White House: President Bush to Veto Embryonic Stem Cell Research Bill

Bioethics   |   Steven Ertelt   |   Jul 17, 2006   |   9:00AM   |   WASHINGTON, DC

White House: President Bush to Veto Embryonic Stem Cell Research Bill Email this article
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by Steven Ertelt
LifeNews.com Editor
July 17, 2006

Washington, DC (LifeNews.com) — The White House released an emphatic statement on Monday, as the Senate began its debate on a bill to use taxpayer funds for pay for embryonic stem cell research, saying President Bush will definitely veto the bill because the funds would pay for science that destroys human life.

The Senate is expected to approve the bill with the 60 votes it needs when it votes on the measure Tuesday afternoon. However, whether it has enough votes to overturn a veto is in question.

"If [the legislation] were presented to the president, he would veto the bill,” the official statement of administration policy said. Officials underlined the sentence in the statement for greater emphasis.

"The bill would compel all American taxpayers to pay for research that relies on the intentional destruction of human embryos for the derivation of stem cells, overturning the president’s policy that funds research without promoting such ongoing destruction,” it said.

The Monday announcement squares with comments a White House spokesman made at the end of last week.

"The legislation crosses an important moral line and if presented with the legislation — the president would veto" it," Ken Lisaius said Thursday.

The announcement comes after lawmakers sough to put addition pressure on the president not to veto the measure.

Rep. Michael Castle, a Delaware Republican who was one of the leading sponsors of the embryonic stem cell research funding bill in the House, wrote a letter to the president on Thursday asking Bush to reconsider his plan to veto the bill.

Senate Majority Leader Bill Frist has said he doesn’t know if the Senate will have enough votes to overturn the veto.

The Senate appears to be more likely to come up with the two-thirds vote necessary to overturn the veto. The House was more than 50 votes away from a two-thirds vote when it signed off on the embryonic stem cell research funding bill in May 2005, but bill backers say they plan to have a vote to attempt to overturn the veto.

The Senate began its debate on the funding bill Monday and is scheduled to vote on it and two other bills on Tuesday afternoon.

Those include a ban on "fetal farming" and a measure instructing the federal government to find alternative ways of obtaining embryonic stem cells that don’t involve the destruction of human life.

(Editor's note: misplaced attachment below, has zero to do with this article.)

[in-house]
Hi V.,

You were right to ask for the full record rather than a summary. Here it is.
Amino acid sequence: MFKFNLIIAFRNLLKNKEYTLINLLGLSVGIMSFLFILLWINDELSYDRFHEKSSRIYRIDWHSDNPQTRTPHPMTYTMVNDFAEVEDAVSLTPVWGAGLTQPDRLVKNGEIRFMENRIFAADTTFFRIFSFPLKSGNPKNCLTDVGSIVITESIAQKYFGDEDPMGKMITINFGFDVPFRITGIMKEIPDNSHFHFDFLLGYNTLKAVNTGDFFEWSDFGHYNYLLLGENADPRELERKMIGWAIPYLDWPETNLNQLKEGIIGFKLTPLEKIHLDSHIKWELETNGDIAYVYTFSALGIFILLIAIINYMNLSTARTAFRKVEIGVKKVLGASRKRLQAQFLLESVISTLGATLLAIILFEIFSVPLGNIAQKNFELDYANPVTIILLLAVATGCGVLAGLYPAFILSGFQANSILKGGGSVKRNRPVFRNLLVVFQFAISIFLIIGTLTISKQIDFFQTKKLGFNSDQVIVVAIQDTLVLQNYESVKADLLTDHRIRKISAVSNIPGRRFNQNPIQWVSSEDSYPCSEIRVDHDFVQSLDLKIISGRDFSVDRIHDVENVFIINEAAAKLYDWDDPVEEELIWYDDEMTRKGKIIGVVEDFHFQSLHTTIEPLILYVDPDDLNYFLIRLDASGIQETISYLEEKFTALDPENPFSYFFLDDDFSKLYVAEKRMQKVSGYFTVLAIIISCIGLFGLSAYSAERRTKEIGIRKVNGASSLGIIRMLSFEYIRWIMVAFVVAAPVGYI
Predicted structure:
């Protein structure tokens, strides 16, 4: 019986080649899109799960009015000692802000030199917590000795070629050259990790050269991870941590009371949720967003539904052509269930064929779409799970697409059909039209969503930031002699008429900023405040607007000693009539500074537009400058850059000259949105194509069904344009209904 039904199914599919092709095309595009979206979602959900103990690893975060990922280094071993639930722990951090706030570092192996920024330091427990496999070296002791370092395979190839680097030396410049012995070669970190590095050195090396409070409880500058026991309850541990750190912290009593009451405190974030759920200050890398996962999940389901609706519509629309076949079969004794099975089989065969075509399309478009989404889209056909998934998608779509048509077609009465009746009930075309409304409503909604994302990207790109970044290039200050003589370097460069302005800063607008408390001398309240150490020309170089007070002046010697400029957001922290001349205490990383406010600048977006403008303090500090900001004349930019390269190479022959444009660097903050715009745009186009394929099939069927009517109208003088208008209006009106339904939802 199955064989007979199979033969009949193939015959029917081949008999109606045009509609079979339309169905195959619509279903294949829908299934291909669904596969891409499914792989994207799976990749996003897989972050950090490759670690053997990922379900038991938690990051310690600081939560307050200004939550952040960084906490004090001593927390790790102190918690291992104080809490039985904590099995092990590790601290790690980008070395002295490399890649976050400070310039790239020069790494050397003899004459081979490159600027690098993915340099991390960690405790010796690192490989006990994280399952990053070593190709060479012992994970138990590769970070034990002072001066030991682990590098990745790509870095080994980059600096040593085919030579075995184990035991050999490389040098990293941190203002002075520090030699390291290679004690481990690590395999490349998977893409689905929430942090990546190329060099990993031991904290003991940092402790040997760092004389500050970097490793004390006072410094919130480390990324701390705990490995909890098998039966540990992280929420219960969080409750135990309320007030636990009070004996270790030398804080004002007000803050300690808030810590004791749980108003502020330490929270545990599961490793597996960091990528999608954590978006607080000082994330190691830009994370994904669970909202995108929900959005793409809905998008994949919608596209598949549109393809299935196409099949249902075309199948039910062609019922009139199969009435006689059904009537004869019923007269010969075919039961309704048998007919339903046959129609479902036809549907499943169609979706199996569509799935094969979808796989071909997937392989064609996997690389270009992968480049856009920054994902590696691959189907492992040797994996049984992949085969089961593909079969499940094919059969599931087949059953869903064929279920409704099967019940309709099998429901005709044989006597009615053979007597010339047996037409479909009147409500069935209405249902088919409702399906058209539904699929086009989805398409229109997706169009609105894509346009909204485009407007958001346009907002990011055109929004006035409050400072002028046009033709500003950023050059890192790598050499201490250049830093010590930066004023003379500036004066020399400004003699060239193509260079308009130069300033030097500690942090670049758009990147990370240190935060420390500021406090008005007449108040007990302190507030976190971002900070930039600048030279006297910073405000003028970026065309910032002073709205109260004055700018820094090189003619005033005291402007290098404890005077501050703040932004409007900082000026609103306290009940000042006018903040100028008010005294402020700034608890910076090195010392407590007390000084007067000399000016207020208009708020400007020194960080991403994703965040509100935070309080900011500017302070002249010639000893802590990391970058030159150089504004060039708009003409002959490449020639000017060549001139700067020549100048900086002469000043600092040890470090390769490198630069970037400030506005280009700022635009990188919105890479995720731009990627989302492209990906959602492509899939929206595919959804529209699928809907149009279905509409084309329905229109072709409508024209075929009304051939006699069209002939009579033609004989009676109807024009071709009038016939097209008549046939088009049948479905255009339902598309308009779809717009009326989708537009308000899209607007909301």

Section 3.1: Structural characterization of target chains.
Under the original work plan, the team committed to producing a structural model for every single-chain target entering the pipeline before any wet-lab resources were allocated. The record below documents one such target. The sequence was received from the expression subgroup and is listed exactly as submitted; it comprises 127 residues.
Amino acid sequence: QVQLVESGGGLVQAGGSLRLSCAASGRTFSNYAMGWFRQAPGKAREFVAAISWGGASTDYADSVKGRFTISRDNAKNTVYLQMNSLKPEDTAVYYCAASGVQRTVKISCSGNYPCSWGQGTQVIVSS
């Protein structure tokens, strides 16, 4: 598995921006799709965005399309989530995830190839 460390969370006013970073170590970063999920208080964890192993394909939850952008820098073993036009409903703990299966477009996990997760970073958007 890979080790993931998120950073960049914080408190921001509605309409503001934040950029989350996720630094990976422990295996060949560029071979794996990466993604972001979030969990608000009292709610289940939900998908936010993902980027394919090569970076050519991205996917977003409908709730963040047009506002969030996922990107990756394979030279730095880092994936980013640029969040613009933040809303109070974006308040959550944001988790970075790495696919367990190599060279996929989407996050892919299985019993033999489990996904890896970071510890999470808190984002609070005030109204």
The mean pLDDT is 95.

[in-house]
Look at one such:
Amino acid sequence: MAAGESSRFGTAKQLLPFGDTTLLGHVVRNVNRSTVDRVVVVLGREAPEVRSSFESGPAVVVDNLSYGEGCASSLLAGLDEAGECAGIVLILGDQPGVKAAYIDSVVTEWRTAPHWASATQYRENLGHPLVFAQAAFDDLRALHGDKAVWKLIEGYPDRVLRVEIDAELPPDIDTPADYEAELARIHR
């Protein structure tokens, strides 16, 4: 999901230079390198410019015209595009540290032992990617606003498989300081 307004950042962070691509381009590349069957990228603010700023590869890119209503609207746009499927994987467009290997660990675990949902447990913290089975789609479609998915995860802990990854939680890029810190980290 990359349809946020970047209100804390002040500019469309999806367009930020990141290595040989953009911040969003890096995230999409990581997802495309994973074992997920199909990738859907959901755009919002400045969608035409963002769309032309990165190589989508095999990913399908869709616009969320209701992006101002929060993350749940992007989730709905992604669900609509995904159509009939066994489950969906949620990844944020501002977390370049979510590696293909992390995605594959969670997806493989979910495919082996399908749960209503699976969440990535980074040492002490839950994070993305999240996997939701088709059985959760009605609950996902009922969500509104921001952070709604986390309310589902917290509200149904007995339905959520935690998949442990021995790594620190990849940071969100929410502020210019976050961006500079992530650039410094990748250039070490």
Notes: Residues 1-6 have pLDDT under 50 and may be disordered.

President Bush has limited federal funding of embryonic stem cell research to only those cells that were obtained prior to August 2001, when he announced his policy.

Bush has prohibited funds for new embryonic stem cell research but has spent hundreds of millions of dollars annually on adult stem cell research, which has yielded dozens of treatments for various diseases and conditions.

Should Bush veto the bill it would be his first veto in either of his terms in office.

Polls show Americans oppose using taxpayer funds to pay for embryonic stem cell research, which is nowhere close to helping patients. Adult stem cells have provided dozens of cures and treatments.

An International Communications Research poll in mid-May finds 48% of Americans oppose federal funding of stem cell research that requires destroying human embryos. Just 39% support such funding and another 12 percent had no position.

The poll also found that Americans favor stem cell research that does not involve the destruction of human life.

The ICR survey found 57% favored funding only the research avenues that do not harm the donor. Just 24% favored funding all stem cell research, including the type that involves destroying human embryos.

Another 11 percent of those polled didn’t want Congress to fund any kind of stem cell research and 7 percent didn’t have an opinion.

The ICR poll has consistently shown Americans oppose using taxpayer funds for embryonic stem cell research over the last two years. At its highest levels in August 2004, only 43 percent wanted federal funds used.

ACTION: Please contact your two senators and urge strong opposition to using taxpayer funds to pay for embryonic stem cell research. You can find phone and email contact info for any senator at https://www.senate.gov/general/contact_information/senators_cfm.cfm